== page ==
The trouble was, the committee did not agree on the necklace. Some felt it would be wrong to spend the funds which had been previously devoted to charity on something else. Much discussion and debate ensued, as is described in depth in Hugh Roberts’ book The Queen’s Diamonds. (My favorite tidbit: Queen Victoria, angry that she wouldn’t get her promised necklace, shot down the prospect of a diamond badge commemorating the nursing fund by declaring she would “at once exchange it for another jewel”.

In the end, a compromise was reached and this necklace, made for £5000 (far less than the necklace originally proposed) from gold, diamonds, and pearls by Carrington & Co. was presented to Queen Victoria in 1888. It features a central quatrefoil diamond motif with a large pearl in the middle, topped by a crown and underlined with a drop pearl. The next four links in either direction are graduated trefoil motifs; the central piece and the six largest trefoils can also be worn as brooches.

Queen Alexandra’s Cluster Earrings

She is also wearing Queen Alexandra’s Cluster Earrings. The wedding gift from the future King Edward VII to his bride, Alexandra of Denmark. Also known as Queen Alexandra's Cluster Earrings, these two button earrings have large pearls surrounded by diamonds - 10 larger stones each plus smaller filler stones to create a full diamond ring. Like the brooch, these passed to the Queen via Queen Mary. They're now worn primarily at evening functions.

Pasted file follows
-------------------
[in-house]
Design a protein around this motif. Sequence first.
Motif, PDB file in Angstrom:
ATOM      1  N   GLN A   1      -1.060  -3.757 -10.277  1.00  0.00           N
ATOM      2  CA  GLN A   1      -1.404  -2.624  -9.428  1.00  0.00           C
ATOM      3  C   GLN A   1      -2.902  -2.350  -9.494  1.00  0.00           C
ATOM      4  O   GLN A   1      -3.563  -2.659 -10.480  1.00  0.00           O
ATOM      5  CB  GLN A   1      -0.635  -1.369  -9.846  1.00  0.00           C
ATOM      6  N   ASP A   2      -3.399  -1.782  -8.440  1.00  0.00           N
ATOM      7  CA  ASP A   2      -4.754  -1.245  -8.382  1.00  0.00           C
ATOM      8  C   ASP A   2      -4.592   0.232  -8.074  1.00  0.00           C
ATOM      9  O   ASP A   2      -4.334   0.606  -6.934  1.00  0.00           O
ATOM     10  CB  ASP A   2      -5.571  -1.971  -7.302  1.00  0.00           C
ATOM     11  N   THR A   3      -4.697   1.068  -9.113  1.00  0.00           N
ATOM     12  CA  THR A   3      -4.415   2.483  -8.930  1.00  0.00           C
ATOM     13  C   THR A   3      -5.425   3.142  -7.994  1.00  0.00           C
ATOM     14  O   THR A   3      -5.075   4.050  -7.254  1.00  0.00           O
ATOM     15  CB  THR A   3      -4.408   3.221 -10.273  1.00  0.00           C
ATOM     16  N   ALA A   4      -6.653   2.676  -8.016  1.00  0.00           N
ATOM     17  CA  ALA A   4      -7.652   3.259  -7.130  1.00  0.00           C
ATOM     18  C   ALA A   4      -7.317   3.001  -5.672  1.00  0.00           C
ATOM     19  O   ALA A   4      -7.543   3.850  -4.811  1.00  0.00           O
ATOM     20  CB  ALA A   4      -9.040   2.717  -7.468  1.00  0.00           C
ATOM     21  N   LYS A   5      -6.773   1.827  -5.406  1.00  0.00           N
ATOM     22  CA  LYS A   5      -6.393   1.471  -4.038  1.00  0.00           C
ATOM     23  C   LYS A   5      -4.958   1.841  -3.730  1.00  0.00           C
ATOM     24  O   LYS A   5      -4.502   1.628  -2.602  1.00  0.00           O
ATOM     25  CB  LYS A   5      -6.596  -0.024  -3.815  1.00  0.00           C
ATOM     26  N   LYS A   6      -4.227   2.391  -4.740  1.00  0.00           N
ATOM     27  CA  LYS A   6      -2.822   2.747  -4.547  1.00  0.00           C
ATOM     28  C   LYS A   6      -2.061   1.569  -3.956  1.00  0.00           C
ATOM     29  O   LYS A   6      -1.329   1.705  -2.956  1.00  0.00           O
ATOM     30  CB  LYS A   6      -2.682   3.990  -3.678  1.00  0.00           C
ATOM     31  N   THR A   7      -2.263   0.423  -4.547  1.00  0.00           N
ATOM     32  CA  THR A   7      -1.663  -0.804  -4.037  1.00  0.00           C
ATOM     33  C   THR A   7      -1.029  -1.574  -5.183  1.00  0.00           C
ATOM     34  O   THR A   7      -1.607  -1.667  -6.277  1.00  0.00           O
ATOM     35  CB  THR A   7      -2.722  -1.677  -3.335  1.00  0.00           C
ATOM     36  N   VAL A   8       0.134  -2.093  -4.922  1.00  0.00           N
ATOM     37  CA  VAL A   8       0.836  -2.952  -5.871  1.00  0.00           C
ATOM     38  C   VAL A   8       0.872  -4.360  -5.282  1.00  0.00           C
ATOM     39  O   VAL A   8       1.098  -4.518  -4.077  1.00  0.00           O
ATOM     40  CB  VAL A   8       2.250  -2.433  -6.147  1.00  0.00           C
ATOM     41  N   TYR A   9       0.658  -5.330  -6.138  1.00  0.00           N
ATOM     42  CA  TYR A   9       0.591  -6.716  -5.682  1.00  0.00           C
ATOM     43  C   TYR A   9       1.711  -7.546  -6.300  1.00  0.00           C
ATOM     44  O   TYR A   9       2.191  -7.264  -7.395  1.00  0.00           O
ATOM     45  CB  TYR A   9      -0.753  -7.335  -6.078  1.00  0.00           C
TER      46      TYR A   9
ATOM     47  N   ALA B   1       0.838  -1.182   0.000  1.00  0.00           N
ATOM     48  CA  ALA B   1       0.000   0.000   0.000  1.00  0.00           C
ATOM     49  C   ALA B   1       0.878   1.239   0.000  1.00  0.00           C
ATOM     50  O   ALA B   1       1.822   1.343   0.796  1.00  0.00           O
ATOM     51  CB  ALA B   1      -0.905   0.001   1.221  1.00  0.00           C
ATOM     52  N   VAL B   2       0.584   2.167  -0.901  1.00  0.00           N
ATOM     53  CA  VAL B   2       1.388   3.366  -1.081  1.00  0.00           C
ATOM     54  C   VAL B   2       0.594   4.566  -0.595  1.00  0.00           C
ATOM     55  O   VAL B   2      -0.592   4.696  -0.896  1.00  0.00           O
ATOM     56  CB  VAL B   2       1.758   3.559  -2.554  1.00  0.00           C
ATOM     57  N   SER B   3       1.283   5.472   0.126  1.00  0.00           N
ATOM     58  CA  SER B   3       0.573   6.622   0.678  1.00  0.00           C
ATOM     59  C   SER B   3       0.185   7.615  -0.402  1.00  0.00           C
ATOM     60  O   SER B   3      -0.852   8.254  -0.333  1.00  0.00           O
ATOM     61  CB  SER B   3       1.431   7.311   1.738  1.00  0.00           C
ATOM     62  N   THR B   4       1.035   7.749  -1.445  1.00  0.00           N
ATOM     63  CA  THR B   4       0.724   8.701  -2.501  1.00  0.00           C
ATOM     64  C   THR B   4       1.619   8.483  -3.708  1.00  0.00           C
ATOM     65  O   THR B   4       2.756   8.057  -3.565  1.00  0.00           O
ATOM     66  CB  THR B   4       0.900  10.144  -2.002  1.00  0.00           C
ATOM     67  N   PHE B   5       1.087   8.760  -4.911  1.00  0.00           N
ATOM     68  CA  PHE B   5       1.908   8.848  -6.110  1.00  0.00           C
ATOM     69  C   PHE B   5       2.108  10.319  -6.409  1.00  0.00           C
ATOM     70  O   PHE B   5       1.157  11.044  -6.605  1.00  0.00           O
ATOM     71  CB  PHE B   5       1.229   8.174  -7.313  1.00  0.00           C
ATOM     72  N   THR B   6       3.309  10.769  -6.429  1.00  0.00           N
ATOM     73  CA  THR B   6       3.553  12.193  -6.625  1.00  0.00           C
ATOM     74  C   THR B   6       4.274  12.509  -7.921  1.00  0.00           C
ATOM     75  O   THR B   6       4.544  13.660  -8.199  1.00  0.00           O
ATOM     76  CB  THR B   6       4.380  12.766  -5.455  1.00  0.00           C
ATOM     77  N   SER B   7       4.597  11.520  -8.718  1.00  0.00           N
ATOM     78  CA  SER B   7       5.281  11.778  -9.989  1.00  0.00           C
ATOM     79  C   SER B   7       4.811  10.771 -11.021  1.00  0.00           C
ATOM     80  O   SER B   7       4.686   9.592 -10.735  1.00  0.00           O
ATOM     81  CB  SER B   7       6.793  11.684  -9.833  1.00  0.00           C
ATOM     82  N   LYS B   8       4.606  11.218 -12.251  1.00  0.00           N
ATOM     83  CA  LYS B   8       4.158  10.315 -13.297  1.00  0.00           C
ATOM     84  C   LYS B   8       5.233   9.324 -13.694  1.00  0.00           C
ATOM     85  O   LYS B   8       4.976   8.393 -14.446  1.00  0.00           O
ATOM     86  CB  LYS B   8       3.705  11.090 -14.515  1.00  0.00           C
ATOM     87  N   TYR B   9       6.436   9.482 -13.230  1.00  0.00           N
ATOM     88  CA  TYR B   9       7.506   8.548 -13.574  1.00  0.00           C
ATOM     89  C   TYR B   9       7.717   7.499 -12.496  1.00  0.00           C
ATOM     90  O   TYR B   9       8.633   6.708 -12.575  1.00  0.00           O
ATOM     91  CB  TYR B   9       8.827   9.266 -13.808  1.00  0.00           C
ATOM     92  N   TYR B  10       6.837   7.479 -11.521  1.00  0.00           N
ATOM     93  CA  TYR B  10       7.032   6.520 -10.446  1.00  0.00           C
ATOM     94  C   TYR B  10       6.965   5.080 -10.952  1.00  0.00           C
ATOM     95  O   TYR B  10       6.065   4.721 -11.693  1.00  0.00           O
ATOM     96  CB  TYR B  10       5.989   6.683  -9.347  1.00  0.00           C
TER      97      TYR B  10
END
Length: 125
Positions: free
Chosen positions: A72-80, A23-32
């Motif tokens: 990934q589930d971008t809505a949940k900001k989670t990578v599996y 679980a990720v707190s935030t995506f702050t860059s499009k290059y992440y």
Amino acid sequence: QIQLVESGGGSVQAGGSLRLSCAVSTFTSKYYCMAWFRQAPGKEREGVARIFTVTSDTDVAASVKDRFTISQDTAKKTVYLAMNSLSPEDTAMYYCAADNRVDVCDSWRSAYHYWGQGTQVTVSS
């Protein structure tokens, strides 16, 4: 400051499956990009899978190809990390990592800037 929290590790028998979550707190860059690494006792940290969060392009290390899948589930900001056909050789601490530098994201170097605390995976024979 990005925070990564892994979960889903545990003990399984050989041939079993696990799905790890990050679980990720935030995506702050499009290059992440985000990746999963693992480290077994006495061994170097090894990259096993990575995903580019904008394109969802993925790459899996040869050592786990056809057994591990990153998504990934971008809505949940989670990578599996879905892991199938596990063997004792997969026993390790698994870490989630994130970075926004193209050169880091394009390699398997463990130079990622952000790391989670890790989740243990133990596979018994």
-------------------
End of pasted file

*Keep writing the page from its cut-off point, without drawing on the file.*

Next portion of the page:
In the center is St. George who kills the dragon.

In a legend, Saint George - a soldier venerated in Chrstianity - defeats a dragon. The story goes that the dragon originally extorted tribute from villagers. When they ran out of livestock and trinkets for the dragon, they started giving up a human tribute once a year. This was acceptable to the villagers until a princess was chosen as the next offering. The saint thereupon rescues the princess chosen as the next offering. The narrative was first set in Cappadocia in the earliest sources of the XI and XII centuries, but transferred to Libya in the XIII-century Golden Legend.

The narrative has pre-Christian origins (Jason and Medea, Perseus and Andromeda, Typhon, etc.), and is recorded in various saints' lives prior to its attribution to St. George specifically. It was particularly attributed to Saint Theodore Tiro in the 9th and 10th centuries, and was first transferred to Saint George in the 11th century. The oldest known record of Saint George slaying a dragon is found in a Georgian text of the XI century.